Tribe drop two in a row to lose series to Rangers

Look a crappy but accurate headline. In light of these last two defeats and my general lack of interest in writing what is probably my 31st Indians series wrap this year I’m not going to go over the individual games but just hit some general points of interest.

– Aaron Laffey might as well be the best pitcher we have right now. In a recap of his win to open the series some Indians writer said Laffey was making a good case to be included in the rotation that already will include Fausto Carmona and Justin Masterson. Hell, Laffey might as wel be our opening day starter if I had to pick someone right now.

– Fausto wasn’t too bad the other day. However the Indians couldn’t give him any run support.

– Tom Hamilton informed me that the Indians have not hit a homerun in the last six games at home and this is a Jacobs/Progressive Field record.

– The Rangers pitching coach came straight out and said the Indians are a bad offspeed hitting team. Straight ball we hit very much.

– The Rangers are a good team and has a number of good young arms pitching for them.

– I hear it was in the mid-70s today in Cleveland. I would have really liked to been there today, except for the losing part.

– Hey did you know Jamey Carroll has more post All-Star Game starts than Kelly Shoppach? Niether did I until I read the most recent post from the DiaTribe.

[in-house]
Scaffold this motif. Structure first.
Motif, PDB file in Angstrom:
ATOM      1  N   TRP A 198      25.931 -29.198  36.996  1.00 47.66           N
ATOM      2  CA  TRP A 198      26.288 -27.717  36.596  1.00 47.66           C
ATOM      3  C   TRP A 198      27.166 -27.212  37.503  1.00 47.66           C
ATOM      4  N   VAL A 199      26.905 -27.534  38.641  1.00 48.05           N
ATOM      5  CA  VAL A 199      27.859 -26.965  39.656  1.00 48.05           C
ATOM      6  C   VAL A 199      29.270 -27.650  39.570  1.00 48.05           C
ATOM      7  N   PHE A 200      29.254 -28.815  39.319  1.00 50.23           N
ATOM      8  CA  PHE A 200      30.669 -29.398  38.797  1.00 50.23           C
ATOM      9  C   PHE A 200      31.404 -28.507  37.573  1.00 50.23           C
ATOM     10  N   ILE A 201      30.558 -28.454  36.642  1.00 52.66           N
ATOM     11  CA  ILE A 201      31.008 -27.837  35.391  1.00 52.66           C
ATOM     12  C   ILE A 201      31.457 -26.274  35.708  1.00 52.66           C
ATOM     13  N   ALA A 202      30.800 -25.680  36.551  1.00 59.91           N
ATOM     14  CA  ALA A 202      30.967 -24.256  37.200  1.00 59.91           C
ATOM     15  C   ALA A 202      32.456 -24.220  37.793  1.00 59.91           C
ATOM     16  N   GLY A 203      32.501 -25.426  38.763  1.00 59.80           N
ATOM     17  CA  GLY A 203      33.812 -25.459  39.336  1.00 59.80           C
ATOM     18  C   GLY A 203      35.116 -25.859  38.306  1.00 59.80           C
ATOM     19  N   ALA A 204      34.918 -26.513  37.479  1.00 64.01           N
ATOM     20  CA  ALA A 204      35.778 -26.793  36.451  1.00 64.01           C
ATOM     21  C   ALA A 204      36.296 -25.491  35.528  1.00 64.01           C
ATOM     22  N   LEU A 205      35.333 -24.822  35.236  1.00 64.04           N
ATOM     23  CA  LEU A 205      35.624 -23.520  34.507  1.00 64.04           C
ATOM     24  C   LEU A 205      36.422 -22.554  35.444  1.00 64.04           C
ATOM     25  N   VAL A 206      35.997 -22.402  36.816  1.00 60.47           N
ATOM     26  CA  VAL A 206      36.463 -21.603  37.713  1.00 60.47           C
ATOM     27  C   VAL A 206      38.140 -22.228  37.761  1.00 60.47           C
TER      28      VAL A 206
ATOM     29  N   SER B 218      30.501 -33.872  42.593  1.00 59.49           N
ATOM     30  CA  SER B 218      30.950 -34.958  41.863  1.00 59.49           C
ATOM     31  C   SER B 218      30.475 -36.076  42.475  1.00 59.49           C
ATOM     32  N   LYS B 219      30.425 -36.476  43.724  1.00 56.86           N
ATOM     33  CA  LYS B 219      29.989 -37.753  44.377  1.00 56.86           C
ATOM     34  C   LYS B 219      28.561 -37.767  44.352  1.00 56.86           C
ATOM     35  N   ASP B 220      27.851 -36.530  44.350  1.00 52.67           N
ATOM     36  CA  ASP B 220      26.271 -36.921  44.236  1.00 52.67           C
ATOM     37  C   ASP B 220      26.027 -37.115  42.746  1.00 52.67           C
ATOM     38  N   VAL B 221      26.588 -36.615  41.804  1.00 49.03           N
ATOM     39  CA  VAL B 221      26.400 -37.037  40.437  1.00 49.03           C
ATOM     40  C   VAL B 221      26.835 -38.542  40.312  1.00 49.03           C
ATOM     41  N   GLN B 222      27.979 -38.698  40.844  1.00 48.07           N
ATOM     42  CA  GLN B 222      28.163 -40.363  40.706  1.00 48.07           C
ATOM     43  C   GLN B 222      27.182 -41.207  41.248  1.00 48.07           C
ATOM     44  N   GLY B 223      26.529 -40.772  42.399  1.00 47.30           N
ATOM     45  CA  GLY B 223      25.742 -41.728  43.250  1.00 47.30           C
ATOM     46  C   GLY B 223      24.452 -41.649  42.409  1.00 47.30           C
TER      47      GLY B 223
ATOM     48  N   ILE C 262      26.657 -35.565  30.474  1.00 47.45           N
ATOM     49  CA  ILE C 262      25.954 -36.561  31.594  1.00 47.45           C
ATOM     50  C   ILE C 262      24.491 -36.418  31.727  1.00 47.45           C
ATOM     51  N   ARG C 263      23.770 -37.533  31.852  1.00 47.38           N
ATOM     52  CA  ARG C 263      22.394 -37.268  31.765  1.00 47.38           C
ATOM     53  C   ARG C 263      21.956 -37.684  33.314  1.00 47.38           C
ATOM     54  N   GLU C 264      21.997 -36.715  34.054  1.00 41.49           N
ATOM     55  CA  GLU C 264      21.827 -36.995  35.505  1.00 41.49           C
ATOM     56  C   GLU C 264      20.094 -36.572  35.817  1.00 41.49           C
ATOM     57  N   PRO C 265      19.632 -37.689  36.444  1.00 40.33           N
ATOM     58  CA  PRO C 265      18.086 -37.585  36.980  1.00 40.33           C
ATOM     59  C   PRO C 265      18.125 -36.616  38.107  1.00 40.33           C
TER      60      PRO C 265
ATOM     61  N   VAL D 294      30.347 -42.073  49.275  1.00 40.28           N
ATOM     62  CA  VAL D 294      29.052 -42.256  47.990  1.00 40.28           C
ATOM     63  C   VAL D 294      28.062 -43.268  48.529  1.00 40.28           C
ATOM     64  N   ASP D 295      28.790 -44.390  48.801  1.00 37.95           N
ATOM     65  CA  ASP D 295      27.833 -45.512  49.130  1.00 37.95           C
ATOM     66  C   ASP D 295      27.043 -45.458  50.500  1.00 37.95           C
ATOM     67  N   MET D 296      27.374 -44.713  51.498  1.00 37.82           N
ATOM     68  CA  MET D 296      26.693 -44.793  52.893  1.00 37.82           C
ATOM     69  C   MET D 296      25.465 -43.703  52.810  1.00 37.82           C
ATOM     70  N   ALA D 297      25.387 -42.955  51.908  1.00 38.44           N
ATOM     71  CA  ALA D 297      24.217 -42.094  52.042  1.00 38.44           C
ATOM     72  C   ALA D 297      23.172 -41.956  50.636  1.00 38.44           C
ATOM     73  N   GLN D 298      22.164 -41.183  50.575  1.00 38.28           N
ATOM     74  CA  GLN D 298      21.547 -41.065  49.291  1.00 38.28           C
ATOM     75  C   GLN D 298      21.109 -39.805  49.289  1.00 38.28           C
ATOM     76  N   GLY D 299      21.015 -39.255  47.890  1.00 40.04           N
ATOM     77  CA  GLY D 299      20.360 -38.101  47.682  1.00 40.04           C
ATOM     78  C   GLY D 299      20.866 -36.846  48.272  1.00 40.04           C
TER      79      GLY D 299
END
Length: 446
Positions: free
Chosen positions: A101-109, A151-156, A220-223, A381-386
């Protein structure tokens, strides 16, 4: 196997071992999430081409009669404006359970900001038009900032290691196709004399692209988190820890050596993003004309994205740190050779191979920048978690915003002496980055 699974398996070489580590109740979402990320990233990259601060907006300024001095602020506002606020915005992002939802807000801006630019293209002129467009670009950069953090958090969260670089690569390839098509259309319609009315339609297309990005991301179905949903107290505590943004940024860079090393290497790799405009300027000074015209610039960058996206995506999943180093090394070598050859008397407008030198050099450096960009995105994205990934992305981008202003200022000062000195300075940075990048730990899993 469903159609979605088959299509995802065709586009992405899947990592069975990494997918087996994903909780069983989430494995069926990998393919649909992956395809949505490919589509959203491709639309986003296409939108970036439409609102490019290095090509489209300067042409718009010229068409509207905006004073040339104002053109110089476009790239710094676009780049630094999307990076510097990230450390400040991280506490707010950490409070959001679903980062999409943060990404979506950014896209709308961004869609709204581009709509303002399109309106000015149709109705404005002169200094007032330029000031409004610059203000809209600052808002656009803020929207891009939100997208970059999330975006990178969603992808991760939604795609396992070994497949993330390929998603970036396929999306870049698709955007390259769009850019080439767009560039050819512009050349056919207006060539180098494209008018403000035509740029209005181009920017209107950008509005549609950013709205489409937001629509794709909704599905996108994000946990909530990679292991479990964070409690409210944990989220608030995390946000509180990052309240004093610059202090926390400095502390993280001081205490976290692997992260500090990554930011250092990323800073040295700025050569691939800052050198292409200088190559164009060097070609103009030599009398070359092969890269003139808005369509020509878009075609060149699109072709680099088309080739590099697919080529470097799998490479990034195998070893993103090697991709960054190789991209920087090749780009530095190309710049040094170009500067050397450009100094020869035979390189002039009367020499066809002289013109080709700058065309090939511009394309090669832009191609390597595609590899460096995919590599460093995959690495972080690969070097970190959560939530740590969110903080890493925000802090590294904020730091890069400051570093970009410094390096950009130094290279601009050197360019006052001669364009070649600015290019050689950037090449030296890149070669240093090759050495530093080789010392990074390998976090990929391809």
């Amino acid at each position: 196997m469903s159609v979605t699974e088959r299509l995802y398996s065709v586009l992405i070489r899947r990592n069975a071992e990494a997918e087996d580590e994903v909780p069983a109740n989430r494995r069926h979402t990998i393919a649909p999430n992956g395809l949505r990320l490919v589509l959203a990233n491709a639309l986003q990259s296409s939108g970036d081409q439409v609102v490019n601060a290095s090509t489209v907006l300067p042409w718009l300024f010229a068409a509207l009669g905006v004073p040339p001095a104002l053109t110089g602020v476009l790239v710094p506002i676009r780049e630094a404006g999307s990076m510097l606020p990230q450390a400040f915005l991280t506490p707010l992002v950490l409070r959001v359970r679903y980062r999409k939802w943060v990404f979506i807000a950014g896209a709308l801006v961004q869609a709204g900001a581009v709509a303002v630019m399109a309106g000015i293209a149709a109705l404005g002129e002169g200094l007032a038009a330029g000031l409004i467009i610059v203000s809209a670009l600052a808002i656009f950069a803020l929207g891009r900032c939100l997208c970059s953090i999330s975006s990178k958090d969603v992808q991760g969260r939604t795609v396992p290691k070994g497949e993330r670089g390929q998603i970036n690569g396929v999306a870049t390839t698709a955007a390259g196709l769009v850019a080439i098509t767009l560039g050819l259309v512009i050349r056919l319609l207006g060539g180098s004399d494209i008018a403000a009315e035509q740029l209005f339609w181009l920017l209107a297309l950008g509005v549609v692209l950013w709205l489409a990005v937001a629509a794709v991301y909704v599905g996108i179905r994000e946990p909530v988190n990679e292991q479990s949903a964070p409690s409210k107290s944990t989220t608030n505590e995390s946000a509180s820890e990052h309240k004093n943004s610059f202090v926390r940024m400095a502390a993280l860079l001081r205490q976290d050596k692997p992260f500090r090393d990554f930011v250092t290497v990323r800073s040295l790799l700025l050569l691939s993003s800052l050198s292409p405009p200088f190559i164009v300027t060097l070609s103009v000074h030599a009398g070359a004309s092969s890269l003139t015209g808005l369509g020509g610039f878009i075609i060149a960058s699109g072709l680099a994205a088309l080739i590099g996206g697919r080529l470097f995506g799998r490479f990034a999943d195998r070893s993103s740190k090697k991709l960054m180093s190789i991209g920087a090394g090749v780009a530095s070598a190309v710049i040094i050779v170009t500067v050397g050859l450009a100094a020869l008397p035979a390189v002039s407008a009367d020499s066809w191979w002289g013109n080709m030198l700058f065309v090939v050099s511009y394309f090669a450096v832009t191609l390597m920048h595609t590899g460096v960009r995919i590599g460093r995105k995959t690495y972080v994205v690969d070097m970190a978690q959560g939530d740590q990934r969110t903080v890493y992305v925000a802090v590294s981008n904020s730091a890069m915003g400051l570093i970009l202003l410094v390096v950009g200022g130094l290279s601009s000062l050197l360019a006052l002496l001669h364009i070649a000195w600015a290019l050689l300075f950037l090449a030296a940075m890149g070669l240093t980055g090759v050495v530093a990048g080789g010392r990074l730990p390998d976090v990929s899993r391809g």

– Chris Gimenez is now hitting .190 and looks to be having a rough go of it in this his first callup.

– 17 of Luis Valbuena’s 50 hits are doubles.

– Despite his dominating performance at AAA Rafeal Perez has given up three runs in 1.2 innings since being recalled.

Game 1: Justin Masterson, RHP (3-3, 4.22) vs. Scott Baker, RHP (9-7, 4.85)
Game 2: David Huff, LHP (6-6, 6.72) vs. To be announced
Game 3: Aaron Laffey, LHP (6-3, 3.25) vs. Nick Blackburn, RHP (8-7, 3.99)

The Indians head off to a three game series at the baggy dome against the Twins of Minnesota. Yes it is another three game road trip. Last time Masterson was cut off after 60 pitches and interim-Manager Eric Wedge has indicated that Masterson will probably get to go 75 or 80 pitches this time out. Hey look who it is, my favorite opposing pitcher TBA. Originally last week Carl Pavano looked to be on tap for Game 1, but instead took his first loss as a Twin today. Moving on we have staff ace Aaron Laffey taking the mound to close out this road trip.

Go Tribe!

(AP Photo/Mark Duncan)


August and Everything After

August isn’t the the best month for sports. The weather tends towards the warm side and the only real game in town is baseball. Those people excited about NFL camp are generally ignored. The fact that our Indians are having one of their worst seasons in fifteen even twenty years doesn’t help either.

Last week I mentioned the fact that the Dolans look to lose $16 mil on this 2009 version of the Indians. That, along with the fact that it seems all we can hope for is making the playoffs every four to five years, still is weighing on me. I even thought about making a whole post about it but the last thing this blog needs is more Indians coverage (by me at least). So I decided to just roll it into a series recap. Previously I had thought of the Indians as the only real smart kid on the block (yeah I know that’s silly in hindsight). Sure, we were never going to have a big payroll but we would have smart decisions on young guys and make decent decisions on signing grizzled veterans to cheap one-year deals. The more I think about it, though, the Indians can’t possibly be that dissimilar to other clubs, right?